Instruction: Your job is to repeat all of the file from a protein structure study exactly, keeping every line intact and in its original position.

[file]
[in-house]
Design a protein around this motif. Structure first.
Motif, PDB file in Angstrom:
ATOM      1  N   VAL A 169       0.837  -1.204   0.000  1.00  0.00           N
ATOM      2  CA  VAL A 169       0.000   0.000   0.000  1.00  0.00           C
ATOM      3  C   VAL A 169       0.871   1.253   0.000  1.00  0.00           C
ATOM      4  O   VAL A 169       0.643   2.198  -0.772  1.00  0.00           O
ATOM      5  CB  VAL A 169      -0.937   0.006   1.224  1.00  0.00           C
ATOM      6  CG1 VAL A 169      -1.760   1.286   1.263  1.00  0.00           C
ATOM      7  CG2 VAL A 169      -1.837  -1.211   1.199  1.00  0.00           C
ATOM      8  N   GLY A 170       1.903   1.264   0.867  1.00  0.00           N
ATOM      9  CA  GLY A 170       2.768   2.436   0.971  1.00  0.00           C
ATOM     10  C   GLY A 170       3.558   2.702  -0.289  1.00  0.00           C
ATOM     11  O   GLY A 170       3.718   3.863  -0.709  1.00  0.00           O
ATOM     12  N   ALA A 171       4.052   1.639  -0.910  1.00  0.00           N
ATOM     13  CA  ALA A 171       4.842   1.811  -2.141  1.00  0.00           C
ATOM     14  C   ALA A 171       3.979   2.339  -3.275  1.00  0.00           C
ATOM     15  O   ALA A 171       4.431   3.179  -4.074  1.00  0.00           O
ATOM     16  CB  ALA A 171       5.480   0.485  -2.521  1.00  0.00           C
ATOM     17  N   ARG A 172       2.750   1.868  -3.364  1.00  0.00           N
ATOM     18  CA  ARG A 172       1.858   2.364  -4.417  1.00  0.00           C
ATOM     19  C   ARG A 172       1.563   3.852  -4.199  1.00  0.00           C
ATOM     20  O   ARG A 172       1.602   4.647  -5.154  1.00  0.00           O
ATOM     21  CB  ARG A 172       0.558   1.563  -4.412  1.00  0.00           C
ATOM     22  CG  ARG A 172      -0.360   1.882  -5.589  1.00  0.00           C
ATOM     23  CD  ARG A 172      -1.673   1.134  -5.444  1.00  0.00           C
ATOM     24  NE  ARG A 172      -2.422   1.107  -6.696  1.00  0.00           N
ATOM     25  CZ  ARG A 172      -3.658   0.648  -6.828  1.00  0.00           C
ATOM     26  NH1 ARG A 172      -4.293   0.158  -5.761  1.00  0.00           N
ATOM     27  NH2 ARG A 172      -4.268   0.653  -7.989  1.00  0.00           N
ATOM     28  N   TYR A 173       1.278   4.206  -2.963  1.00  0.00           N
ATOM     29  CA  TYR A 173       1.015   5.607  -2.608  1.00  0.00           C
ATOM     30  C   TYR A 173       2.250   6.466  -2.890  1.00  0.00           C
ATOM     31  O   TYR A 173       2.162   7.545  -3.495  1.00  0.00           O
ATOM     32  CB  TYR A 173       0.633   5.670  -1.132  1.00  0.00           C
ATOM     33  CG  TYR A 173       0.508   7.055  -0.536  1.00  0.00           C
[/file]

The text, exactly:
[in-house]
Design a protein around this motif. Structure first.
Motif, PDB file in Angstrom:
ATOM      1  N   VAL A 169       0.837  -1.204   0.000  1.00  0.00           N
ATOM      2  CA  VAL A 169       0.000   0.000   0.000  1.00  0.00           C
ATOM      3  C   VAL A 169       0.871   1.253   0.000  1.00  0.00           C
ATOM      4  O   VAL A 169       0.643   2.198  -0.772  1.00  0.00           O
ATOM      5  CB  VAL A 169      -0.937   0.006   1.224  1.00  0.00           C
ATOM      6  CG1 VAL A 169      -1.760   1.286   1.263  1.00  0.00           C
ATOM      7  CG2 VAL A 169      -1.837  -1.211   1.199  1.00  0.00           C
ATOM      8  N   GLY A 170       1.903   1.264   0.867  1.00  0.00           N
ATOM      9  CA  GLY A 170       2.768   2.436   0.971  1.00  0.00           C
ATOM     10  C   GLY A 170       3.558   2.702  -0.289  1.00  0.00           C
ATOM     11  O   GLY A 170       3.718   3.863  -0.709  1.00  0.00           O
ATOM     12  N   ALA A 171       4.052   1.639  -0.910  1.00  0.00           N
ATOM     13  CA  ALA A 171       4.842   1.811  -2.141  1.00  0.00           C
ATOM     14  C   ALA A 171       3.979   2.339  -3.275  1.00  0.00           C
ATOM     15  O   ALA A 171       4.431   3.179  -4.074  1.00  0.00           O
ATOM     16  CB  ALA A 171       5.480   0.485  -2.521  1.00  0.00           C
ATOM     17  N   ARG A 172       2.750   1.868  -3.364  1.00  0.00           N
ATOM     18  CA  ARG A 172       1.858   2.364  -4.417  1.00  0.00           C
ATOM     19  C   ARG A 172       1.563   3.852  -4.199  1.00  0.00           C
ATOM     20  O   ARG A 172       1.602   4.647  -5.154  1.00  0.00           O
ATOM     21  CB  ARG A 172       0.558   1.563  -4.412  1.00  0.00           C
ATOM     22  CG  ARG A 172      -0.360   1.882  -5.589  1.00  0.00           C
ATOM     23  CD  ARG A 172      -1.673   1.134  -5.444  1.00  0.00           C
ATOM     24  NE  ARG A 172      -2.422   1.107  -6.696  1.00  0.00           N
ATOM     25  CZ  ARG A 172      -3.658   0.648  -6.828  1.00  0.00           C
ATOM     26  NH1 ARG A 172      -4.293   0.158  -5.761  1.00  0.00           N
ATOM     27  NH2 ARG A 172      -4.268   0.653  -7.989  1.00  0.00           N
ATOM     28  N   TYR A 173       1.278   4.206  -2.963  1.00  0.00           N
ATOM     29  CA  TYR A 173       1.015   5.607  -2.608  1.00  0.00           C
ATOM     30  C   TYR A 173       2.250   6.466  -2.890  1.00  0.00           C
ATOM     31  O   TYR A 173       2.162   7.545  -3.495  1.00  0.00           O
ATOM     32  CB  TYR A 173       0.633   5.670  -1.132  1.00  0.00           C
ATOM     33  CG  TYR A 173       0.508   7.055  -0.536  1.00  0.00           C